Papaya (pawpaws) have a creamy, custard – like flesh with a complex combination of tropical fruit flavors. They are most commonly described as tasting like banana combined with mango, pineapple, melon, berries, or other fruit. There is a considerable variety of flavors among wild pawpaws, ranging from awful to sublime.
Pawpaw (papaya) need a light, well-drained soil. They are easily killed by excess moisture. The soils need to be moist in hot weather and dry oin cold weather. Pawpaws do not tolerate salty water or soil. While doing best in light, porous soils rich in organic matter, the plant will grow in scarified limestone, marl, or various other soils if it is given adequate care. Optimum pH ranges from 5.5 to 6.7. On rich organic soils the pawpaw makes lush growth and bears heavily but the fruit are of low quality. It is recommended that no herbicides are used due to the little woodyness of the paw paw tree stem which may end up damaged.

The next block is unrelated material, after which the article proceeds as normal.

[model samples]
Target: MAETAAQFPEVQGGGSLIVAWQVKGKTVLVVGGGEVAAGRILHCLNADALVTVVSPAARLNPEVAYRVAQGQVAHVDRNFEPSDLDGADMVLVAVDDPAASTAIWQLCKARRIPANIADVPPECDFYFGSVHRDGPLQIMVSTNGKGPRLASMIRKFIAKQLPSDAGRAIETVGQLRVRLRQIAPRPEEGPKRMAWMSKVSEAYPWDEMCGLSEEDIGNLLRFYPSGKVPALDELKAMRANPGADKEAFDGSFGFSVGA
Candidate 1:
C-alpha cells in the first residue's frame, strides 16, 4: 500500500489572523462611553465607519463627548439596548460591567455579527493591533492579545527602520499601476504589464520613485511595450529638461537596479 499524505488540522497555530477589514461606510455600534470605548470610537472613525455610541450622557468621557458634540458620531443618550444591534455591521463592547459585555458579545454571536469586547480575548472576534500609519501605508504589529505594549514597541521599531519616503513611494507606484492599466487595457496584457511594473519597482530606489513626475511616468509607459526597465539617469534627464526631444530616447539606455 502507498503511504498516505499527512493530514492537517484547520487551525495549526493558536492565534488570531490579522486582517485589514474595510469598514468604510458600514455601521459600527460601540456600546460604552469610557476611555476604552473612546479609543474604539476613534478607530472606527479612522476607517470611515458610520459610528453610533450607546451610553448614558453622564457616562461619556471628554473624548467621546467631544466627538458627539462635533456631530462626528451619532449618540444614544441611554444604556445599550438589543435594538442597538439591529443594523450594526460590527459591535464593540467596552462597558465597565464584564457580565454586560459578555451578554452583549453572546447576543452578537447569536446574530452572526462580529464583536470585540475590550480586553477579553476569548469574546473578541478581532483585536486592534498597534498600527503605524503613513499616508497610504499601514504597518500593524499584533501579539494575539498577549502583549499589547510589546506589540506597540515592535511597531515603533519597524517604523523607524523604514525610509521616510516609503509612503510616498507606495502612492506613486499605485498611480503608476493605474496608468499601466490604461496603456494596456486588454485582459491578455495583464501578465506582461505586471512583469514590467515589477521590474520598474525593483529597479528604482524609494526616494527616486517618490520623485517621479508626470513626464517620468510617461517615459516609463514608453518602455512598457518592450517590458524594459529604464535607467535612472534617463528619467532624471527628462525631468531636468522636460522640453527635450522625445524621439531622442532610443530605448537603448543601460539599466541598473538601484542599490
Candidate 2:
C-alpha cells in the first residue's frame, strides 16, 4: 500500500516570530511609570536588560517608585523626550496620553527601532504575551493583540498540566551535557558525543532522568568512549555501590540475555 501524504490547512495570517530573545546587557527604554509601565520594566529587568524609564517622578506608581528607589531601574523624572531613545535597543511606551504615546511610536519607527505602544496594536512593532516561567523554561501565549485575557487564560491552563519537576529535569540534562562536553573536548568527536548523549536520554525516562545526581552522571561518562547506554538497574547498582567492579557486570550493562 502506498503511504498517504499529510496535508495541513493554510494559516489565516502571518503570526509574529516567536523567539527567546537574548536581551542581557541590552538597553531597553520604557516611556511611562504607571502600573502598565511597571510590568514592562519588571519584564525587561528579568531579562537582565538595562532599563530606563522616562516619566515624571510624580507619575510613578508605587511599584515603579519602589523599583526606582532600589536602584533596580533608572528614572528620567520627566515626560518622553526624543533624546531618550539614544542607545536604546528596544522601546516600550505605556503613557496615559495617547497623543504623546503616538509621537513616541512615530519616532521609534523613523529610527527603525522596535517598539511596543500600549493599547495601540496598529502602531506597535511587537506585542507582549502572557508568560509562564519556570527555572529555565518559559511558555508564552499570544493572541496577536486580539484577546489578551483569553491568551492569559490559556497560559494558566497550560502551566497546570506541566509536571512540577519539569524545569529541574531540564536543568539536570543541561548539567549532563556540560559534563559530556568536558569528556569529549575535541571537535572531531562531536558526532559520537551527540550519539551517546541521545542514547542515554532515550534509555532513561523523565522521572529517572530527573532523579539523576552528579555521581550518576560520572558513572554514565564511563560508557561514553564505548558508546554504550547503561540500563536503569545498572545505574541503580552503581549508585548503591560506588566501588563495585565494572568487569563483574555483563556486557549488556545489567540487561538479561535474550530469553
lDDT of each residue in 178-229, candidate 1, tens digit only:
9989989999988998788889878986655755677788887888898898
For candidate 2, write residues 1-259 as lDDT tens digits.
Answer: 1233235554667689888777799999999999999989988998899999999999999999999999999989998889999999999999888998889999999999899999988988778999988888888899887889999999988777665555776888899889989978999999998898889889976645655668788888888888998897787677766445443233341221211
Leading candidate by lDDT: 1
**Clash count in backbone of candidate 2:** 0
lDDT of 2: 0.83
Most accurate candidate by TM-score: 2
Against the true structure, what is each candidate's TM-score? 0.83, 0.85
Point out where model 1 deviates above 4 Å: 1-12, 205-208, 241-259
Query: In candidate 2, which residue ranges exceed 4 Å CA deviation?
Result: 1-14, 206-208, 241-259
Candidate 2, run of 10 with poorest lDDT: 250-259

Seeds may be planted directly in the field, or seedlings raised in beds or pots may be transplanted when 6 weeks old or even up to 6 months of age, though there must be great care in the handling process. The longer the delay the greater the risk of dehydrated or twisted roots; also, transplanting often results in trunk-curvature in windy locations.
The pawpaw/papaya is a tropical and near – tropical species, very sensitive to frost and limited to the region between 32° north and 32° south of the equator. It needs plentiful rainfall or irrigation but must have good drainage. Flooding for 48 hours is fatal.
The fast – growing pawpaw requires regular applications of nitrogen fertilizers but the exact rates have not been established. Feed monthly and adjust according to the plant’s response. They can take fairly hot organic fertilizing such as chicken manure if used with deep irrigation after warm weather has started.
If a pawpaw plant is inadequately pollinated, it will bear a light crop of fruits lacking uniformity in size and shape. Therefore, hand – pollination is advisable in commercial plantations that are not entirely bisexual. Bags are tied over bisexual blossoms for several days to ensure that they are self- pollinated. The progeny of self-pollinated bisexual flowers are 67% bisexual, the rest being female.
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